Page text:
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Engineering a Pressurised Wind Tunnel Aimed at Developing CO2 Turbomachinery

[+] Author Affiliations
D. Sánchez, B. Monje, R. Chacartegui, T. Sánchez

University of Seville, Sevilla, Spain

J. M. Barragán, E. Pajuelo, J. R. Gómez

Altran, Sevilla, Spain

Paper No. GT2013-94007, pp. V008T34A001; 11 pages
doi:10.1115/GT2013-94007
From:
  • ASME Turbo Expo 2013: Turbine Technical Conference and Exposition
  • Volume 8: Supercritical CO2 Power Cycles; Wind Energy; Honors and Awards
  • San Antonio, Texas, USA, June 3–7, 2013
  • Conference Sponsors: International Gas Turbine Institute
  • ISBN: 978-0-7918-5529-4
  • Copyright © 2013 by ASME

abstract

The number of people researching the supercritical CO2 power cycle has largely increased in the last few years. Just to mention, in contrast to the one or two technical papers in the topic submitted yearly to Turbo Expo until 2011, the number of contributions in the topic has rocketed to twenty in the last conference held in Copenhagen. Such astounding and unexpected growth has eventually given rise to the International Gas Turbine Institute creating a new dedicated technical committee. Nevertheless, in spite of the large attention captured by the SCO2 power cycle, most efforts are devoted to the adaption of existing equipment (turbomachinery and heat exchangers) rather than to analysing the particular features of this unconventional working fluid. Hence, the test plants already in operation as well as the numerous CFD analyses under development rely on the existing ideal-gas based knowledge typically used by the gas turbine industry. This is the reason why the compressors in these test plants are far from their theoretical performance (typically 65% real vs. 80% theoretical efficiency).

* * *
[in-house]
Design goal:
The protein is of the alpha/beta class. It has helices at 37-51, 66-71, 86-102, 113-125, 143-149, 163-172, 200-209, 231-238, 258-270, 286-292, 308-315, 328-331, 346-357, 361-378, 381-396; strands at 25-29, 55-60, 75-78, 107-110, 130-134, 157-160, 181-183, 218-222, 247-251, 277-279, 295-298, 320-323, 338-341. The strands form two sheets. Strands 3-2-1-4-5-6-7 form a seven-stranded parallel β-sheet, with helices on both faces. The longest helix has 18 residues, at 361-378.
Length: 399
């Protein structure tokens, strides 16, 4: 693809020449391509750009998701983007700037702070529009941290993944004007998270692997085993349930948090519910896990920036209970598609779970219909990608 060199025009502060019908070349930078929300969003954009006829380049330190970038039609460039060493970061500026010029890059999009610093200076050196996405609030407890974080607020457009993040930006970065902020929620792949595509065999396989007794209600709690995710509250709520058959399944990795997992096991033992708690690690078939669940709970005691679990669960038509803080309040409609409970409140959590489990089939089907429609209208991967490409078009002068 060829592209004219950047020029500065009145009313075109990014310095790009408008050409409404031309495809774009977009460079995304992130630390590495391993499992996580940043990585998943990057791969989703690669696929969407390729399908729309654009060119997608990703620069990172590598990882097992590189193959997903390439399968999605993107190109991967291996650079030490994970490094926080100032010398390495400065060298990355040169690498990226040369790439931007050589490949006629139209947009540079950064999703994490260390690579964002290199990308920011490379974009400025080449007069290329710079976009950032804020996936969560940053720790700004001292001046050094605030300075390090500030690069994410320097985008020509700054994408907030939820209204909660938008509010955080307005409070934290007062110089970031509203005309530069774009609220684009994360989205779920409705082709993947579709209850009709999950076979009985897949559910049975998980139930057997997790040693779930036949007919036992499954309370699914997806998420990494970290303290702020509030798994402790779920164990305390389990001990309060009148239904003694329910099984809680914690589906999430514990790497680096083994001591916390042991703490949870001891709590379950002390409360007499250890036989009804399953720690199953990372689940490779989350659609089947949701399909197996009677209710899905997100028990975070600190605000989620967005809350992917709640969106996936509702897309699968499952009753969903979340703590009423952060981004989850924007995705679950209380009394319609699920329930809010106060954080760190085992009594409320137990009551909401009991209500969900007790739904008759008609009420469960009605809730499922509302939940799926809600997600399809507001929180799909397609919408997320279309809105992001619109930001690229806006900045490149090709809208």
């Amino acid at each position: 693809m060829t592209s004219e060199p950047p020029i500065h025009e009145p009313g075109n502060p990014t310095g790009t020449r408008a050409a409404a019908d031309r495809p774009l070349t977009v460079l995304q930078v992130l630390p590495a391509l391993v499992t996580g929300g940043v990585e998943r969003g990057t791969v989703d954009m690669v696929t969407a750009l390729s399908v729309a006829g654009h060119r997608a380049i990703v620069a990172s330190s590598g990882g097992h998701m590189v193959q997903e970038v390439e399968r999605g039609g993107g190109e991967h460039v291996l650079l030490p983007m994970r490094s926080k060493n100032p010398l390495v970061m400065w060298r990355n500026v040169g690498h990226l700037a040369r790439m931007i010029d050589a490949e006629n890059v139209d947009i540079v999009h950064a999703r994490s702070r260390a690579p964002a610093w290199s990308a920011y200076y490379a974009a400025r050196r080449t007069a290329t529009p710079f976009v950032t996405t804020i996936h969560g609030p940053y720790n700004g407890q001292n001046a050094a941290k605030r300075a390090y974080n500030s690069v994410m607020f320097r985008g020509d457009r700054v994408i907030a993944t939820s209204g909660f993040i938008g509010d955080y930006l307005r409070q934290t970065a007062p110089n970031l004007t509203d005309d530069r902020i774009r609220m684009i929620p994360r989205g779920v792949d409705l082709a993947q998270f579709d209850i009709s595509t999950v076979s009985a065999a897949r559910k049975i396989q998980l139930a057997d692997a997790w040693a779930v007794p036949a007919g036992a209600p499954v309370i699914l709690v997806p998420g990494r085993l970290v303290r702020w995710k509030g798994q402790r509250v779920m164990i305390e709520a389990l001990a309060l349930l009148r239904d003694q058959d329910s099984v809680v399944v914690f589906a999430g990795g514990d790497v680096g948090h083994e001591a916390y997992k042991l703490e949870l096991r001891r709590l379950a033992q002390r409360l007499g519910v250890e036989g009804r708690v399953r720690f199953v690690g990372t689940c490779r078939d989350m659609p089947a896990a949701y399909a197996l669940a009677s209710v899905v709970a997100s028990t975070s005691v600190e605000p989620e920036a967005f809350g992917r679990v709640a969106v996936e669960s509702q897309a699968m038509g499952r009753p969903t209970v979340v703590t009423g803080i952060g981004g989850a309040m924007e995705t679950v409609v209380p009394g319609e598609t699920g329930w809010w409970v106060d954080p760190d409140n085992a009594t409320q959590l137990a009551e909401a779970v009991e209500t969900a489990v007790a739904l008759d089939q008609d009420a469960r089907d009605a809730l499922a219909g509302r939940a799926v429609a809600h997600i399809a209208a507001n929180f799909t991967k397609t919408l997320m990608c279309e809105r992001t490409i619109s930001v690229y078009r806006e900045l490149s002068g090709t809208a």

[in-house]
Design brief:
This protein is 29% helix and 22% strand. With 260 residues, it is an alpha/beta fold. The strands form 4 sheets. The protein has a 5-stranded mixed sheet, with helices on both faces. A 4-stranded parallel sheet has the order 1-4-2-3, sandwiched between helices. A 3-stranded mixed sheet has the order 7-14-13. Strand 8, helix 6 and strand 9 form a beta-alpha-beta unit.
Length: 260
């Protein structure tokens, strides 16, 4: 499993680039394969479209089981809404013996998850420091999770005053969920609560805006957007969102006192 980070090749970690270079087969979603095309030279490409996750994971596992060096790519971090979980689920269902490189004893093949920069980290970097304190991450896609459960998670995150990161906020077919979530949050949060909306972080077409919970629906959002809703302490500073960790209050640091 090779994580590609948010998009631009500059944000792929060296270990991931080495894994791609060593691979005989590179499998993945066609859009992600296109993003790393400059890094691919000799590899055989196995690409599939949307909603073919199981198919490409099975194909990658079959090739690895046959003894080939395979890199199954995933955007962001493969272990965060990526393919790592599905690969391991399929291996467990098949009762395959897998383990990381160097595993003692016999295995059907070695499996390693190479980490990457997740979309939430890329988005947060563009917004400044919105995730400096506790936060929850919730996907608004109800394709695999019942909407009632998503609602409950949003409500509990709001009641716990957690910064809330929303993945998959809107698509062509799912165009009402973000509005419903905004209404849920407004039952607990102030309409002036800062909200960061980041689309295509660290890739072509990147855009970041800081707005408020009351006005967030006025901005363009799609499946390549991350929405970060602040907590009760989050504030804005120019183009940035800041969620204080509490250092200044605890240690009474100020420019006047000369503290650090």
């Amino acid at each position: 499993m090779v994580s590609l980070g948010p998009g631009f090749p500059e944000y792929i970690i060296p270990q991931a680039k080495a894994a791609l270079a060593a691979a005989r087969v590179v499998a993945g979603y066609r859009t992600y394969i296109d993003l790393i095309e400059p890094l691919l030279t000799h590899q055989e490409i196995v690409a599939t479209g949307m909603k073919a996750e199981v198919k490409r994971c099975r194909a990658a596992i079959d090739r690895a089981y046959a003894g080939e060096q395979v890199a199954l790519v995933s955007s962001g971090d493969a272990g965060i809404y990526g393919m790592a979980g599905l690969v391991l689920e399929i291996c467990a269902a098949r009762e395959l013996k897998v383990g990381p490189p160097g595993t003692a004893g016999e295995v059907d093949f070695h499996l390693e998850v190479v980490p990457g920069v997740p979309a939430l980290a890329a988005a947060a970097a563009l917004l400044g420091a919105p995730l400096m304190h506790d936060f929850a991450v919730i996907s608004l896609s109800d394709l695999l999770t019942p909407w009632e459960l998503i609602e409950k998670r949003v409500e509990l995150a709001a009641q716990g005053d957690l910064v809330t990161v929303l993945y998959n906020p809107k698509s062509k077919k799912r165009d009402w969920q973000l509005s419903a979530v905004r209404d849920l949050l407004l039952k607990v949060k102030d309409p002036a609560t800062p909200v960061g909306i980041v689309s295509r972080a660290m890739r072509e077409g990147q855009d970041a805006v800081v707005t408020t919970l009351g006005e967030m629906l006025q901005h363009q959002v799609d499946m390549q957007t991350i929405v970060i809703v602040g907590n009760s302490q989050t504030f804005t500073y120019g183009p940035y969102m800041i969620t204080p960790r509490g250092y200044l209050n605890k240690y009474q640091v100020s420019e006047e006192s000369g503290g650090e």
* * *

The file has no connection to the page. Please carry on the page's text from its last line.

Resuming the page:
The partnership formed by the University of Seville and Altran has engineered a first-of-a-kind wind tunnel for aerodynamic testing of carbon dioxide flows at high pressure. This unique facility incorporates special features like new seals, variable pressure operation and remote data acquisition which cannot be adapted from conventional wind tunnels. This development is expected to provide the industry with a tool to increase the efficiency of SCO2 turbomachinery by large what would eventually allow for a faster and wider deployment of the technology. The university of Seville and Altran are currently raising capital to construct the facility.

Copyright © 2013 by ASME

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